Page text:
What’s Your Name…Again?

Considering the personality of the character and his appearance the name suits him perfectly.  I think that Star Wars did well with the names of their characters because they were consistant.  You didn’t encounter any characters that had ordinary sounding names like Bob Johnstone.  The use of the names of characters in the movie reinforced the world building of the Star Wars universe  and the idea that this was truly happening in a galaxy far far away rather then down the street.  Names are a funny thing. In everyday life we don’t really give too much thought to the name of our colleagues or neighbors, but when it comes to fiction a name can make or break a character. A character’s name can give the reader insight into the character’s personality and culture.  It can also hint at the character’s fate. Take for example the movie Star Wars: A New Hope. The character Luke Skywalker is a great name because ‘Luke’ is somewhat ordinary, which the character seems to be early on, yet Skywalker hints at something grandiose or epic.  The fact that he ends up leaving Tattooine and piloting fighters through interstellar space and etc. seems to be suggested by the name.  Then there’s Han Solo, the name ‘Solo’ relates to his streak of independence and outsider personality, especially early in the movie.  The name Darth Vader is a brilliant name. Darth reminds me of the word death or dark.  Vader is just a bad ass name. Reminds me in some ways of ‘raider’ but I’ve also read somewhere that ‘Vader’ is a German word for father, which works for the character, too.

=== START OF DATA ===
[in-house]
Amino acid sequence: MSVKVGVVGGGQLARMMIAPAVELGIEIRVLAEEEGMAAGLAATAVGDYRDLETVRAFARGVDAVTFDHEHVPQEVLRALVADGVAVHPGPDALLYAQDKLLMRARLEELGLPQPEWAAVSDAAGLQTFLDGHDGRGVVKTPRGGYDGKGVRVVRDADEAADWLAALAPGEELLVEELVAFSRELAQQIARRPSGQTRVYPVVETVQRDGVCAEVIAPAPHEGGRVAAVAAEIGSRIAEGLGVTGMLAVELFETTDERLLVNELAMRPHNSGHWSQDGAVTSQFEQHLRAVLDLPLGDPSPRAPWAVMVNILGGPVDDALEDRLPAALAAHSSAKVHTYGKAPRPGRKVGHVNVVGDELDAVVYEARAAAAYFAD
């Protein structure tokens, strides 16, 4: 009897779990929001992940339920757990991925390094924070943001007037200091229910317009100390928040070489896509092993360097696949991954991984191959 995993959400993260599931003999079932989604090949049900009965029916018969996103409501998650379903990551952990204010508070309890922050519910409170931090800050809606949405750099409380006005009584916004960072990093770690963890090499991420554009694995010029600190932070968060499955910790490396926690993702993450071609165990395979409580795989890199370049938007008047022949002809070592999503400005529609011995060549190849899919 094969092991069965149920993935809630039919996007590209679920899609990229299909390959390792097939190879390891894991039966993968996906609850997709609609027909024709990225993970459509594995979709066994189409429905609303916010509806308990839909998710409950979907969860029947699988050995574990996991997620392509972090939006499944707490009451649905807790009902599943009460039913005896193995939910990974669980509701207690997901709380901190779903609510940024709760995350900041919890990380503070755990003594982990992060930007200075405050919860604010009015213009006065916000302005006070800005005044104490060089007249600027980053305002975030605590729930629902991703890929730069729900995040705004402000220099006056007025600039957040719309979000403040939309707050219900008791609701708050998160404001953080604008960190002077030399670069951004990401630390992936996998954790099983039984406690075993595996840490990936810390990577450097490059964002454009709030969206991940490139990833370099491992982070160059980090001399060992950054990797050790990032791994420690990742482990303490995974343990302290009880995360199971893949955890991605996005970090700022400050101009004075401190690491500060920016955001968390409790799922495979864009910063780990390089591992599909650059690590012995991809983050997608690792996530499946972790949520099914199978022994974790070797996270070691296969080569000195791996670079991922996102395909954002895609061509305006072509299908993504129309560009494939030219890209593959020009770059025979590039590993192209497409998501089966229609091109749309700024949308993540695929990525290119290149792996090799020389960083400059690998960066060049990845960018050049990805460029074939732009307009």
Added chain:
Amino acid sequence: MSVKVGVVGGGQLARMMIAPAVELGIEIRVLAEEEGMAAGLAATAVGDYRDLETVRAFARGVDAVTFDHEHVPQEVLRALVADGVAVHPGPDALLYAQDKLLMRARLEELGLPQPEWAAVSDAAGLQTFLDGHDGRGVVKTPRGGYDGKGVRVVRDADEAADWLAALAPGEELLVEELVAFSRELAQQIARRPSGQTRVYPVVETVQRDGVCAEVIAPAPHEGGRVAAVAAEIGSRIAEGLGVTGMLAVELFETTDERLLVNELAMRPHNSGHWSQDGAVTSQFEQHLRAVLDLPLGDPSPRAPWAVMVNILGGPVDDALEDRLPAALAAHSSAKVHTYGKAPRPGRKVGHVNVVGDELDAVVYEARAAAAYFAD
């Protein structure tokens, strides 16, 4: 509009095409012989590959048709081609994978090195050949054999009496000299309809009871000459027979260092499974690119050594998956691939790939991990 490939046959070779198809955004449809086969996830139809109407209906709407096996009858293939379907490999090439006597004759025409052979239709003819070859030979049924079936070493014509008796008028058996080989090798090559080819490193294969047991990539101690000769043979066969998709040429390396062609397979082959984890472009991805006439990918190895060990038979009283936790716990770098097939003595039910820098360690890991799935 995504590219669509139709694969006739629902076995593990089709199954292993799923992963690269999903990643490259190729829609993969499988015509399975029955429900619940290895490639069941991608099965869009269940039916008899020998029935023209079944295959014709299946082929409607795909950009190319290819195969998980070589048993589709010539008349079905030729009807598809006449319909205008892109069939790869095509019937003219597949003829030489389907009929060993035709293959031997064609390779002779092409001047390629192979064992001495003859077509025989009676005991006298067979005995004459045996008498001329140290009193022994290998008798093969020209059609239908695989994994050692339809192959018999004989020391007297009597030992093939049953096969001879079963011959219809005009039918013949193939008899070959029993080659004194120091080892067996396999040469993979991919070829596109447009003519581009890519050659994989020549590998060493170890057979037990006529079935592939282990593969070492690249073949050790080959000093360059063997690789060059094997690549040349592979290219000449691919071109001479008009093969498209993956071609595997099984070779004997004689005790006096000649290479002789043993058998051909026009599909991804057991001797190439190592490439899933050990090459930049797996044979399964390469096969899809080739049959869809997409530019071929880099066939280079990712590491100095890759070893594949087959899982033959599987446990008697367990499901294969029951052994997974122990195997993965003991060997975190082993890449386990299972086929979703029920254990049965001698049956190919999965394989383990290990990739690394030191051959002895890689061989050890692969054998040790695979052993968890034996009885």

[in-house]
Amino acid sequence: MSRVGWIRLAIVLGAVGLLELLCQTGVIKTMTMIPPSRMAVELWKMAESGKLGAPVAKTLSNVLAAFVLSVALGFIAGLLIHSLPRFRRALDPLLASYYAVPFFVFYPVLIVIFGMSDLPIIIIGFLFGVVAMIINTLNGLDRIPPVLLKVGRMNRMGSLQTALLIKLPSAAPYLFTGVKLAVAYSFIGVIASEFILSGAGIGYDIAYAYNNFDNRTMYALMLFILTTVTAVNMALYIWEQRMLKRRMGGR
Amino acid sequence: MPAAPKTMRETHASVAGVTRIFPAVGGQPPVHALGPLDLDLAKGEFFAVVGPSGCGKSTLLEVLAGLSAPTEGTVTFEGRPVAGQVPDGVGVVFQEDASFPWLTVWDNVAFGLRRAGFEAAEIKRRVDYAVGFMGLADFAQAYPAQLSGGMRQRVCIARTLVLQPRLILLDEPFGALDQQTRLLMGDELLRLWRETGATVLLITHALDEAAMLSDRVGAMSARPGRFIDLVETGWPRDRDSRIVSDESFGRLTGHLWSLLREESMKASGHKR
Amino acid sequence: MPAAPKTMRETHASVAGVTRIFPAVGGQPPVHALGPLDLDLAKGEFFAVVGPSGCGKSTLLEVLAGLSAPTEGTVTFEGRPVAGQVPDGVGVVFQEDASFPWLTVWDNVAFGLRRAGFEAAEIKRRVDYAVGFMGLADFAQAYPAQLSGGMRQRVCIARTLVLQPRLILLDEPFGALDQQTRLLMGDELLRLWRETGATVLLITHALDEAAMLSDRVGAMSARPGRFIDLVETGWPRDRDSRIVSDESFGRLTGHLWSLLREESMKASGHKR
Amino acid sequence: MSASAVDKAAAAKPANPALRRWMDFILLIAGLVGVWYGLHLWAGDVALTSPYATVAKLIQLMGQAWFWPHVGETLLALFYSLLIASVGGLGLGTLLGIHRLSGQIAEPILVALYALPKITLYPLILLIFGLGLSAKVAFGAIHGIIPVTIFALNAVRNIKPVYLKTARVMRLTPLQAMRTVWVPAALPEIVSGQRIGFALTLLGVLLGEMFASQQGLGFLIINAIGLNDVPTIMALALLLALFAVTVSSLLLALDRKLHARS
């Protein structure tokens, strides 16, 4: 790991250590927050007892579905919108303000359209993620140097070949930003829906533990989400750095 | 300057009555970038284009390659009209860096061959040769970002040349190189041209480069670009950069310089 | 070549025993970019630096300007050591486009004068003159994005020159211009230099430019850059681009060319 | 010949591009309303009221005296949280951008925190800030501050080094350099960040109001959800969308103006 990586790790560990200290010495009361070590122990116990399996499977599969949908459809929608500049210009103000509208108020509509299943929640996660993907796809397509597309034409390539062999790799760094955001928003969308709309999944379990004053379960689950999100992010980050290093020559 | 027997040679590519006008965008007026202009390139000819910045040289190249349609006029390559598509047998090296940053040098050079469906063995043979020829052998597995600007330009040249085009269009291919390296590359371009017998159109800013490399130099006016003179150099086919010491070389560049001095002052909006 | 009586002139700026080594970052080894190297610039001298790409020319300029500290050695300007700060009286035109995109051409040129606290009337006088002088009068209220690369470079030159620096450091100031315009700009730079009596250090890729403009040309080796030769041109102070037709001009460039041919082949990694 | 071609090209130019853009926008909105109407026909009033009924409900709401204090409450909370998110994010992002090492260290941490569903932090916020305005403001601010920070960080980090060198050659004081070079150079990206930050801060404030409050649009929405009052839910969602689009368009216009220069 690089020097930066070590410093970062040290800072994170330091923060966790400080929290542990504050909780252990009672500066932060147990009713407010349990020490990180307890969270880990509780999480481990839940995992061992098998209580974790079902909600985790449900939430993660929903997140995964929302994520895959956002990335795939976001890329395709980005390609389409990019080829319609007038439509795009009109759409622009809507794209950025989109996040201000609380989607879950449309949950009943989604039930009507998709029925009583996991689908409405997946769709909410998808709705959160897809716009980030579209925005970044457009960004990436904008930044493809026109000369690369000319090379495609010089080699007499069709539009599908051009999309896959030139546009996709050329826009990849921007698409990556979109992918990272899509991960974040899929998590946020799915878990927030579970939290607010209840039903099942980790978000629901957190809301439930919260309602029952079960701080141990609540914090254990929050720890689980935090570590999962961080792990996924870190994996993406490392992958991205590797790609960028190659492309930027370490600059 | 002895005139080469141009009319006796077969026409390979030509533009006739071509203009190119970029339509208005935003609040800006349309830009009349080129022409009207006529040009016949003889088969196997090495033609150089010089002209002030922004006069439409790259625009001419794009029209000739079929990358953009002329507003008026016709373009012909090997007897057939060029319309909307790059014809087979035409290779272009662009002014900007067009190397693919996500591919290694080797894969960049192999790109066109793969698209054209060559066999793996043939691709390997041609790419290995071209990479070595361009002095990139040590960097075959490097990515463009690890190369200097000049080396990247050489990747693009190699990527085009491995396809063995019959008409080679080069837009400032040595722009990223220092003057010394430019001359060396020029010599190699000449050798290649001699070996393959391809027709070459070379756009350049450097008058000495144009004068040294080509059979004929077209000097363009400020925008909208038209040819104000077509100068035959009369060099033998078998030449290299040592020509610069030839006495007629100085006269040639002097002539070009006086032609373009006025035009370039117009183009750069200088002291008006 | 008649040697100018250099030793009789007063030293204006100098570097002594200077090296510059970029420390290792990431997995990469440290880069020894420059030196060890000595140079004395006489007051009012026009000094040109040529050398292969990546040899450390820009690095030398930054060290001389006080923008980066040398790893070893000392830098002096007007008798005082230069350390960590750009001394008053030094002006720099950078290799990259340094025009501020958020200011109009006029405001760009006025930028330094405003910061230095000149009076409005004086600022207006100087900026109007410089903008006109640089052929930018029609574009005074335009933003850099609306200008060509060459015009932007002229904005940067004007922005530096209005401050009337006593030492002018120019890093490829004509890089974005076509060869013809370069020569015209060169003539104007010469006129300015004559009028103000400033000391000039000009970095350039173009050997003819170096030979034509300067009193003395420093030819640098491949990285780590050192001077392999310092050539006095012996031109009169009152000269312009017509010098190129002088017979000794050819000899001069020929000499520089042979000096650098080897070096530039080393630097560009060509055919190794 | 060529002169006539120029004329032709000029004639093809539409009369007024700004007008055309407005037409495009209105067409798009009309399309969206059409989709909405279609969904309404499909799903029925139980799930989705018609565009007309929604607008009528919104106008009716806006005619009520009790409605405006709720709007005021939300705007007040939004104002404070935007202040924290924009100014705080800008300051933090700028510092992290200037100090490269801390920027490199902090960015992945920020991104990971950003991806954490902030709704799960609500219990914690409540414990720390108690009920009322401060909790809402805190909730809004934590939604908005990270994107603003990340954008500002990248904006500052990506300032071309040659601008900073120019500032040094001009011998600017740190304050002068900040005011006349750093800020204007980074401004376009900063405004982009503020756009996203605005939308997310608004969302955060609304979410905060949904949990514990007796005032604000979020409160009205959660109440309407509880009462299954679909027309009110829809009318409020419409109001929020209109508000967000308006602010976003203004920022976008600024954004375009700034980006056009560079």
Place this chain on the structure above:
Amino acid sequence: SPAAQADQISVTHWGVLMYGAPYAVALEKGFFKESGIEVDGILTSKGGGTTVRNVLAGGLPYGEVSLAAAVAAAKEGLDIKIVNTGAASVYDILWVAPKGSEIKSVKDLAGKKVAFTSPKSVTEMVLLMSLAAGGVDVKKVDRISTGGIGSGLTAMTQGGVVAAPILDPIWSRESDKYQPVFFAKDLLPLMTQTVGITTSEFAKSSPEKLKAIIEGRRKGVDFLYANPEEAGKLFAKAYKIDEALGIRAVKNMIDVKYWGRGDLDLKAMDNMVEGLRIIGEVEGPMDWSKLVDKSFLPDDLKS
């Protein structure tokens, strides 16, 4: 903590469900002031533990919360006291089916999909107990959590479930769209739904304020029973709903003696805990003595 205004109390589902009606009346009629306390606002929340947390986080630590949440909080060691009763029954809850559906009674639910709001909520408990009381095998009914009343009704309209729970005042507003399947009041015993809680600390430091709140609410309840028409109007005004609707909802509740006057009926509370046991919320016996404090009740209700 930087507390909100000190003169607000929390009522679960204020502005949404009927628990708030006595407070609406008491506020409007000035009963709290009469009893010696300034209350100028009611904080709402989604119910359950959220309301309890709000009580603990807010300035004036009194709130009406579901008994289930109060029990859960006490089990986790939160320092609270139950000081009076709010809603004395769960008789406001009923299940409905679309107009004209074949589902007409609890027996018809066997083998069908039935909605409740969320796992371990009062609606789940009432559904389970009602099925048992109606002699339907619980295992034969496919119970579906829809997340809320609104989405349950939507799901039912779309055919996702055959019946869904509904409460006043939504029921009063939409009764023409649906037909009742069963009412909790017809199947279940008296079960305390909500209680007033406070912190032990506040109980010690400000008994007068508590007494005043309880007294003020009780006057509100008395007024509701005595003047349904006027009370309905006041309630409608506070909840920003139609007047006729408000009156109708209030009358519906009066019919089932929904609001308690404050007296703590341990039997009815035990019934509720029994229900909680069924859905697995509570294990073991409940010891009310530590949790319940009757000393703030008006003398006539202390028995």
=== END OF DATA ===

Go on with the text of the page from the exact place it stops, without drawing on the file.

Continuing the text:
When coming up with names for characters it’s not that easy to find one that fits just right.  Sometimes there are just horribly awkward ones that are distracting and annoying.  For example, the character Ephraim Goodweather in The Strain by Guillermo del Toro and Chuck Hogan.  I think it’s a horrible name for the character because he’s an American doctor in contemporary America.  Ephraim is such an odd name that doesn’t fit his social background. His name stands out awkwardly from the other characters.  If he was a potato farmer in Eastern Europe, okay.  But he’s not.  The majority of the other characters in the book have names that fit their background.  Perhaps Ephraim has some specific meaning, I haven’t bothered looking it up, that relates to the character.  But even the last name ‘Goodweather’ doesn’t relate to the fate/personality of the character.  In fact things go from bad to apocalyptical for the character.  It really makes no sense. I think names should fit the time period and culture of the character, or else have a define reason for them. 

Another problem with naming characters is that you can end up having more then one character that has a name that starts with the same letter.  An example would be the characters Sauron and Saruman in Tolkien’s epic The Lord Of The Rings. I mean, I love Tolkien but c’mon! They sound and even look way too similar. It is true that the characters don’t exactly appear on page having a lengthy conversation or scene together, which would be mind boggling confusing to read, but the names are still too similar. Tolkien did this often in his writing, mainly because he had an interest in the history of linguistics and it was common for a son to have a very similar name to his father and etc. But from my perspective as a reader, it is awkward and clumsy. Can you imagine reading a scene of dialogue where one character’s name is Joe while another is Jon or Joelle?

It’s not an easy task coming up with a name for a character, especially the protagonist or antagonist, and often the names change while writing the first draft and other revisions.  But once a name has been found that suits the character it can really add to not only that character but to the overall story.



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